Feeds

US court beats up FTC over Rambus 'patent ambush' ruling

Back to the Monopoly board for new game

Choosing a cloud hosting partner with confidence

Rambus, the fast memory designer, has won its appeal to overturn a 2004 Federal Trade Commission anti-trust ruling.

The DC Court of Appeals today decided that the FTC had not established that Rambus had harmed the competition and "therefore that the Commission failed to demonstrate that Rambus' conduct was exclusionary and thus to establish its claim that Rambus unlawfully monopolized the relevant markets".

Now for the obligatory quote from Tom Lavelle, Rambus's top lawyer.

We are very pleased with this decision by the DC Court of Appeals. As we have contended all along, Rambus did nothing wrong during its participation in the JEDEC standard-setting organization, and now the Court of Appeals has confirmed our point of view.

Rambus has had to endure years of uncertainty, lost business and enormous legal fees defending this case, and we are thrilled to have this portion behind us. This decision, especially combined with the jury verdict in March reaching the same conclusion, should put the issue to rest and allow us to focus on running our business.

It will take a while for the dust to settle and for Rambus to pick up all the royalties it thinks it is owed.

The FTC can return to the fray, but only in a way that conforms to today's Court decision. And Micron, America's last DRAM chip maker, is to appeal last month's Rambus anti-trust court victory, which confirmed that it had properly obtained patents for fast DRAM technology, which were later incorporated into JEDEC industry standards. Memory chip makers had accused Rambus of hoodwinking JEDEC so that it could levy patent royalties.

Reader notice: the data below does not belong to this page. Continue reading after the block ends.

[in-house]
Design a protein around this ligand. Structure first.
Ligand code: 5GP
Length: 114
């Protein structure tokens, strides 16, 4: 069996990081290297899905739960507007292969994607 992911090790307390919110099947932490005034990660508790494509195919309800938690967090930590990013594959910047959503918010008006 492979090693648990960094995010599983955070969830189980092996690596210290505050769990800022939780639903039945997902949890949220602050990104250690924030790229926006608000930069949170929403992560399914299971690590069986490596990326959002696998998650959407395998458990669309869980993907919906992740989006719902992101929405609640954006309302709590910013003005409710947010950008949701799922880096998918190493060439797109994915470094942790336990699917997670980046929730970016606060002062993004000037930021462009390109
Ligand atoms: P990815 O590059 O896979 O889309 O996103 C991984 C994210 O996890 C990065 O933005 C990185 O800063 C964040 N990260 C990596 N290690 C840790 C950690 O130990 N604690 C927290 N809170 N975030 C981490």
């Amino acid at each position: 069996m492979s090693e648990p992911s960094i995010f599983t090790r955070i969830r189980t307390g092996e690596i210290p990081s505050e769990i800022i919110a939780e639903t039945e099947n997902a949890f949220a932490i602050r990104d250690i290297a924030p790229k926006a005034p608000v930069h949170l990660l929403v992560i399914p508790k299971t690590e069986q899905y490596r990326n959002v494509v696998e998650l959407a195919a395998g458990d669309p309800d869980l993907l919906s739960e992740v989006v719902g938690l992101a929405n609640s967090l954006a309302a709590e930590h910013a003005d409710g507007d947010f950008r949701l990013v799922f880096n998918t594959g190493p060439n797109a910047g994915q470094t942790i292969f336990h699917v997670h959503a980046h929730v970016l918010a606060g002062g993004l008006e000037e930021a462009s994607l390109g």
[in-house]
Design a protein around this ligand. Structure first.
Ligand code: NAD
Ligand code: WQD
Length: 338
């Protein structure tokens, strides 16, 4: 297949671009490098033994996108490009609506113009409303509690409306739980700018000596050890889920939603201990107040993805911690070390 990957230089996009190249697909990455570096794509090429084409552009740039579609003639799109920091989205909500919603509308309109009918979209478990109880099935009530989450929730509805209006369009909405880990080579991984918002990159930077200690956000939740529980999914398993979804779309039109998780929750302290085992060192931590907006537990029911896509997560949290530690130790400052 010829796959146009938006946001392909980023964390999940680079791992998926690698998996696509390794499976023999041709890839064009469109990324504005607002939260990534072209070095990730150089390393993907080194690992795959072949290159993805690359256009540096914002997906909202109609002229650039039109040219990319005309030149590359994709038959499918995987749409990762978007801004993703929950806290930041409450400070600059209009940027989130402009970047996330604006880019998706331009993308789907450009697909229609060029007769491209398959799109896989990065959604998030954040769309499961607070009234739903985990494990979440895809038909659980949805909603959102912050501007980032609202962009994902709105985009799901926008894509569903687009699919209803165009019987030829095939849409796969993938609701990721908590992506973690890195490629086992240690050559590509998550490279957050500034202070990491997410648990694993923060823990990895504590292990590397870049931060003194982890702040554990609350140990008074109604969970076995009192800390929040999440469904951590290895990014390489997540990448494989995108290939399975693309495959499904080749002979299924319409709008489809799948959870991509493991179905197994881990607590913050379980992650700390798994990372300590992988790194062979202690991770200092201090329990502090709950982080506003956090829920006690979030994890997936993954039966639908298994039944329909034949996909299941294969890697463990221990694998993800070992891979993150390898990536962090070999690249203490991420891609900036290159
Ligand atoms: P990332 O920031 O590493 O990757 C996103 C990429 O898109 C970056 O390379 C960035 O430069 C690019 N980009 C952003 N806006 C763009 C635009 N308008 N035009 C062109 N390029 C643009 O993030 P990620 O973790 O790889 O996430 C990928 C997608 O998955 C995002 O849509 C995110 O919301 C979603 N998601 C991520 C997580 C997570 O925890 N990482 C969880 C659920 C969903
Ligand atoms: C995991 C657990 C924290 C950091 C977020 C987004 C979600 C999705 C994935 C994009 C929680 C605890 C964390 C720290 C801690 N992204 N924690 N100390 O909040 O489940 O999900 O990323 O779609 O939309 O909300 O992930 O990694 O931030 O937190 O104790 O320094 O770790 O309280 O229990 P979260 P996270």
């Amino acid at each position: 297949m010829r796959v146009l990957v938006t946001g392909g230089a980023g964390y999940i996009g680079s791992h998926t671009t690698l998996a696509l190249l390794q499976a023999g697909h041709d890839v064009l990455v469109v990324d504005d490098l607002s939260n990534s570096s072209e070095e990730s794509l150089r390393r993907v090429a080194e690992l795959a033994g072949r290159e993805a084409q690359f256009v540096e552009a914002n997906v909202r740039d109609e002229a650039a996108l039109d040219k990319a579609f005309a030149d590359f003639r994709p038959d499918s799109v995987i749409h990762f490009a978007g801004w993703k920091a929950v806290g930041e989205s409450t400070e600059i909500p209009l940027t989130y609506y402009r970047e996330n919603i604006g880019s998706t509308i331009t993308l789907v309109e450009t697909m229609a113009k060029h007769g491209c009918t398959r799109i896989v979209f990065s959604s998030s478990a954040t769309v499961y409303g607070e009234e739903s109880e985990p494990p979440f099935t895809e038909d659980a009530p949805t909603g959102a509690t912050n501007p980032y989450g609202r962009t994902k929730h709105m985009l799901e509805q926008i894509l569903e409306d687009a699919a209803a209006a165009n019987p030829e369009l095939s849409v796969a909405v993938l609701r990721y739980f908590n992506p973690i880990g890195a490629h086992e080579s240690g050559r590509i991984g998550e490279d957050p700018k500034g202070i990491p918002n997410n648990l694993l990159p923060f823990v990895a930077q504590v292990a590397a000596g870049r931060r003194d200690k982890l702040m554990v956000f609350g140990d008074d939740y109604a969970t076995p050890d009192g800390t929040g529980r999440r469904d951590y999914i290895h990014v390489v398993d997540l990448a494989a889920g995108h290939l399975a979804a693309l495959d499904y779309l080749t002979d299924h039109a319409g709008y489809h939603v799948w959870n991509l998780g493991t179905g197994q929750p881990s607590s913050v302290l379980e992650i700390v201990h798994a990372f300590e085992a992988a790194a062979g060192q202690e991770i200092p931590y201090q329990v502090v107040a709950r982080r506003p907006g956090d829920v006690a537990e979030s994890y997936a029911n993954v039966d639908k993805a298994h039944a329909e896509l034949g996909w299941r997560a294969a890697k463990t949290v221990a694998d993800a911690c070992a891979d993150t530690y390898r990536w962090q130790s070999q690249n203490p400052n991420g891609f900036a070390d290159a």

Also, the European Commission is also investigating Rambus for patent ambush. The EC has been quiet on the matter since it announced its formal statement of objection in August last year. Which may or may not be a good thing for Rambus. ®

Top 5 reasons to deploy VMware with Tegile

More from The Register

next story
'Kim Kardashian snaps naked selfies with a BLACKBERRY'. *Twitterati gasps*
More alleged private, nude celeb pics appear online
Wanna keep your data for 1,000 YEARS? No? Hard luck, HDS wants you to anyway
Combine Blu-ray and M-DISC and you get this monster
US boffins demo 'twisted radio' mux
OAM takes wireless signals to 32 Gbps
Google+ GOING, GOING ... ? Newbie Gmailers no longer forced into mandatory ID slurp
Mountain View distances itself from lame 'network thingy'
Apple flops out 2FA for iCloud in bid to stop future nude selfie leaks
Millions of 4chan users howl with laughter as Cupertino slams stable door
Students playing with impressive racks? Yes, it's cluster comp time
The most comprehensive coverage the world has ever seen. Ever
Run little spreadsheet, run! IBM's Watson is coming to gobble you up
Big Blue's big super's big appetite for big data in big clouds for big analytics
Seagate's triple-headed Cerberus could SAVE the DISK WORLD
... and possibly bring us even more HAMR time. Yay!
prev story

Whitepapers

Secure remote control for conventional and virtual desktops
Balancing user privacy and privileged access, in accordance with compliance frameworks and legislation. Evaluating any potential remote control choice.
Intelligent flash storage arrays
Tegile Intelligent Storage Arrays with IntelliFlash helps IT boost storage utilization and effciency while delivering unmatched storage savings and performance.
WIN a very cool portable ZX Spectrum
Win a one-off portable Spectrum built by legendary hardware hacker Ben Heck
High Performance for All
While HPC is not new, it has traditionally been seen as a specialist area – is it now geared up to meet more mainstream requirements?
Beginner's guide to SSL certificates
De-mystify the technology involved and give you the information you need to make the best decision when considering your online security options.